Montana Fishing License: Everything You Need to Know

Montana Fishing License: Everything You Need to Know

Montana, with its diverse angling opportunities, is a paradise for fishing enthusiasts. From cold water to warm water, big prairie rivers to high mountain lakes, and fly-fishing to trolling, Montana offers something for every angler. However, to enjoy these opportunities, a valid fishing license is required for all types of fishing on state waters for anyone 12 or older.

Montana Fishing License: Everything You Need to Know

Montana Fishing License Basics

Montana offers a diverse range of fishing opportunities, from cold water to warm water, big prairie rivers to high mountain lakes, and fly-fishing to trolling. Whether you’re seeking solitude, fish for the supper table, or the trophy of a lifetime, you can find it here. However, to enjoy these opportunities, a valid fishing license is required for all types of fishing on state waters for anyone 12 or older.

A Montana fishing license allows a person to fish for and possess any fish or aquatic invertebrate authorized by the state’s fishing regulations. It is nontransferable and nonrefundable. To fish in Montana, most anglers need two licenses: a Conservation License and an Angler Aquatic Invasive Species Prevention Pass (AISPP). The AISPP is required for all individuals who fish in Montana. The 2017 Montana Legislature established this program to aid in funding the fight against aquatic invasive species.

License Fees

The license fees vary based on residency and type. For residents, the cost ranges from $2 for the AISPP to $21 for a full-season fishing license. For non-residents, the cost ranges from $7.50 for the AISPP to $100 for a full-season fishing license.

License Type Resident Cost Nonresident Cost
AISPP $2 $7.50
Full-season fishing $21 $100

How to Buy a Montana Fishing License

Purchasing a Montana fishing license is a straightforward process that can be completed online or in person at local fly shops. This license is your ticket to some of the best fishing experiences in the country, whether you’re a resident or a non-resident angler.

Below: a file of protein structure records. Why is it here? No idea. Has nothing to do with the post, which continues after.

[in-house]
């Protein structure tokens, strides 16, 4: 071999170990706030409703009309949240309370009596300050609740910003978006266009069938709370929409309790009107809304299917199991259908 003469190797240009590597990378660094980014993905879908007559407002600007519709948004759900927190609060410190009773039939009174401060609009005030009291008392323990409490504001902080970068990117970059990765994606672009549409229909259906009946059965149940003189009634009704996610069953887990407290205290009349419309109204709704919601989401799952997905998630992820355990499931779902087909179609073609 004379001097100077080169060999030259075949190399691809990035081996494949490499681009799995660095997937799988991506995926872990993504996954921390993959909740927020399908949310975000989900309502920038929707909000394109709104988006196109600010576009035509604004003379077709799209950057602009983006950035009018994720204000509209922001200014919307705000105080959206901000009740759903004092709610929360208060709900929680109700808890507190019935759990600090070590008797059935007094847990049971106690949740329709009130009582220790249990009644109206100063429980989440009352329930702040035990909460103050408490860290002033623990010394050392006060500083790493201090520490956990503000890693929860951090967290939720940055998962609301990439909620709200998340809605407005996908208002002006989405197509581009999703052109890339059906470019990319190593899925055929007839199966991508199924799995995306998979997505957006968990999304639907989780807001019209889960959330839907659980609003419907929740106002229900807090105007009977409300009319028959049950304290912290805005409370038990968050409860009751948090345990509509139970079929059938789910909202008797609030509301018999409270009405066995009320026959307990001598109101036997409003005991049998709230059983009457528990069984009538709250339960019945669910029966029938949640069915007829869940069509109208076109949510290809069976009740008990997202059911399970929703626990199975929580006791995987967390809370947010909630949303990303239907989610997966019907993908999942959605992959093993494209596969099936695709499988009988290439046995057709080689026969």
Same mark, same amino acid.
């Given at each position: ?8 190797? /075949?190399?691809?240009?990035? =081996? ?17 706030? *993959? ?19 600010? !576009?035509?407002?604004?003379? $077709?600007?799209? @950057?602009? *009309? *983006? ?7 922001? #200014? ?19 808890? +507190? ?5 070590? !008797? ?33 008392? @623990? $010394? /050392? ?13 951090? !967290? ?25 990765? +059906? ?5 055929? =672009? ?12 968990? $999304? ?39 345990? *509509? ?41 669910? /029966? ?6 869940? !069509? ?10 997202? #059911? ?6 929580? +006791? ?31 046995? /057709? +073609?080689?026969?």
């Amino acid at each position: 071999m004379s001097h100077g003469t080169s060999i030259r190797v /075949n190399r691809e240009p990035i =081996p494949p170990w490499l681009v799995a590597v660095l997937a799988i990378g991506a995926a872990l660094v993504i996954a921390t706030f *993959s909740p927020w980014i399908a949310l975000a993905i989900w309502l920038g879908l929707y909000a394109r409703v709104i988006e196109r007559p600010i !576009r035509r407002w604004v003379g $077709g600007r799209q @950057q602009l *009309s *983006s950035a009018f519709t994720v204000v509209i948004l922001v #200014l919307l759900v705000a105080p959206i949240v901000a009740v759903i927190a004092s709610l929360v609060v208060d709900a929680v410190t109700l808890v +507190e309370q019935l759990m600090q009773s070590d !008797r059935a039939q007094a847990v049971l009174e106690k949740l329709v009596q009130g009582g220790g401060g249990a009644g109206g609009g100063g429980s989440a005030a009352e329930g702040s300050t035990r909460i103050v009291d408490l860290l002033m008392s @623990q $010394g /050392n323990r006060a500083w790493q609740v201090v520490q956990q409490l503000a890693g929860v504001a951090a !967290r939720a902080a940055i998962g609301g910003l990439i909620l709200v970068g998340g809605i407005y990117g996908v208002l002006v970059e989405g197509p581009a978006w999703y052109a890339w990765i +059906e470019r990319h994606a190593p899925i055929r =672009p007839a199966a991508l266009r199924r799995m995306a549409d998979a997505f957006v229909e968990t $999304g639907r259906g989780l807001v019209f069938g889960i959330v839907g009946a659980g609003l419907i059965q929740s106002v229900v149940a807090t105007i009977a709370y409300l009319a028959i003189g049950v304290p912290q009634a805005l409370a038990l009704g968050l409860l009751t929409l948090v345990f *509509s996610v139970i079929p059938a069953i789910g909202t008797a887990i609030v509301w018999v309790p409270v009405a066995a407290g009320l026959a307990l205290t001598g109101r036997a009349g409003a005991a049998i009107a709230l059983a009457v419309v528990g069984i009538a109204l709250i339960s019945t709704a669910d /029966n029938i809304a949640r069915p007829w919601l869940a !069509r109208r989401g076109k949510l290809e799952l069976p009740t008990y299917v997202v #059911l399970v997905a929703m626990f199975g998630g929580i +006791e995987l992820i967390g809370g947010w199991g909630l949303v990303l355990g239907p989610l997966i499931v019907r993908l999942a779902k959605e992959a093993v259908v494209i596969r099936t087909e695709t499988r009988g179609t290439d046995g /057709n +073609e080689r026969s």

Online Purchase

The most convenient way to purchase a Montana fishing license is through the Online Licenses Service provided by Montana Fish, Wildlife, and Parks. This service allows you to purchase all your Montana hunting and fishing licenses without having to visit an FWP office or license provider location.

To start the process, visit the Online Licenses Service website. You will be prompted to select whether you are a resident or a non-resident of Montana. Follow the instructions provided to complete your purchase. The price of items purchased through this service includes a 2.9% + $.30 per transaction service fee.

Once you complete your purchase, you can print your license immediately. This means you can get your license at any time, from anywhere, as long as you have internet access and a printer.

In-Person Purchase

If you prefer to purchase your license in person, you can do so at local fly shops across Montana. These shops can provide you with your license on the spot, allowing you to start your fishing adventure right away.

Resident and Nonresident Options

Montana offers different license options for residents and non-residents. To qualify as a resident, you must have physically resided in Montana as your primary home for 180 consecutive days and meet other requirements, such as filing your tax returns in Montana and licensing and titling your car in the state. Non-residents are those who do not meet these criteria.

Whether you’re a resident or a non-resident, you have the option to purchase a Full Season Fishing License, which enables you to fish from March 1 through the end of February of the following year. The cost of this license varies based on your residency status.

License Type Resident Cost Nonresident Cost
Full-season fishing $21 $100

Purchasing a Montana fishing license is a simple process that can be completed online or in person. Whether you’re a resident or a non-resident, a Montana fishing license opens up a world of angling opportunities for you to explore.

Montana Fishing Seasons

Montana, known for its diverse and abundant fish populations, offers a variety of fishing seasons throughout the year. Whether you’re a seasoned angler or a novice, understanding the fishing seasons in Montana can help you plan your fishing trips and increase your chances of a successful catch.

General Fishing Seasons

The general fishing seasons in Montana vary depending on the district. In the Western District, the season opens on the third Saturday in May and runs through November 30. The Central and Eastern Districts, on the other hand, are open all year. However, it’s important to note that specific waters may have exceptions to these standard regulations, so it’s always a good idea to check the specific regulations for the water you plan to fish.

Prime Months for Fly Fishing